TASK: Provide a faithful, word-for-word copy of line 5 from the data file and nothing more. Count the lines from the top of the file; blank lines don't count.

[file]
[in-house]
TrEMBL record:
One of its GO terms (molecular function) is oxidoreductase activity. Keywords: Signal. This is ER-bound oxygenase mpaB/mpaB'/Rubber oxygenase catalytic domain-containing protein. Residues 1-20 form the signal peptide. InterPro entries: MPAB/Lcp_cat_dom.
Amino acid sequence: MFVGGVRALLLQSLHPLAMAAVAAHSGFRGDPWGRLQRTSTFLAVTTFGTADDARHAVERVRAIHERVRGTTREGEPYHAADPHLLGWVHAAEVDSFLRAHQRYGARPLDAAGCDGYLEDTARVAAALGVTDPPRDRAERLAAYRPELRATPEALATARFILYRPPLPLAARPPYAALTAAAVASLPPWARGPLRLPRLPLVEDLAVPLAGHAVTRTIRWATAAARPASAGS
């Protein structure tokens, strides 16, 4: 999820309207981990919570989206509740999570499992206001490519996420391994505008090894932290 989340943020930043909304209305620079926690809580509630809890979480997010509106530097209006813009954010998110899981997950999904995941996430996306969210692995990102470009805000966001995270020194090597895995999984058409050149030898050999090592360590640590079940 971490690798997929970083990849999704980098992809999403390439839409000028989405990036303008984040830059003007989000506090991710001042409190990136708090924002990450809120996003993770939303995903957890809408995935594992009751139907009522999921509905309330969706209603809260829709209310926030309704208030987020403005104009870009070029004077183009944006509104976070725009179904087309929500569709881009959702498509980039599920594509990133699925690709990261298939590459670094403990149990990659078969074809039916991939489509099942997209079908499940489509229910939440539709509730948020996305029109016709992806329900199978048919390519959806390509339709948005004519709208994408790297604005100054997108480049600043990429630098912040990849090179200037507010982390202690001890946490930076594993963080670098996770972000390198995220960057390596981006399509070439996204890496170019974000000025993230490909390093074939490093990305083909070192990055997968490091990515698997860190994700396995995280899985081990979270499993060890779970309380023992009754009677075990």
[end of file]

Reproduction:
């Protein structure tokens, strides 16, 4: 999820309207981990919570989206509740999570499992206001490519996420391994505008090894932290 989340943020930043909304209305620079926690809580509630809890979480997010509106530097209006813009954010998110899981997950999904995941996430996306969210692995990102470009805000966001995270020194090597895995999984058409050149030898050999090592360590640590079940 971490690798997929970083990849999704980098992809999403390439839409000028989405990036303008984040830059003007989000506090991710001042409190990136708090924002990450809120996003993770939303995903957890809408995935594992009751139907009522999921509905309330969706209603809260829709209310926030309704208030987020403005104009870009070029004077183009944006509104976070725009179904087309929500569709881009959702498509980039599920594509990133699925690709990261298939590459670094403990149990990659078969074809039916991939489509099942997209079908499940489509229910939440539709509730948020996305029109016709992806329900199978048919390519959806390509339709948005004519709208994408790297604005100054997108480049600043990429630098912040990849090179200037507010982390202690001890946490930076594993963080670098996770972000390198995220960057390596981006399509070439996204890496170019974000000025993230490909390093074939490093990305083909070192990055997968490091990515698997860190994700396995995280899985081990979270499993060890779970309380023992009754009677075990």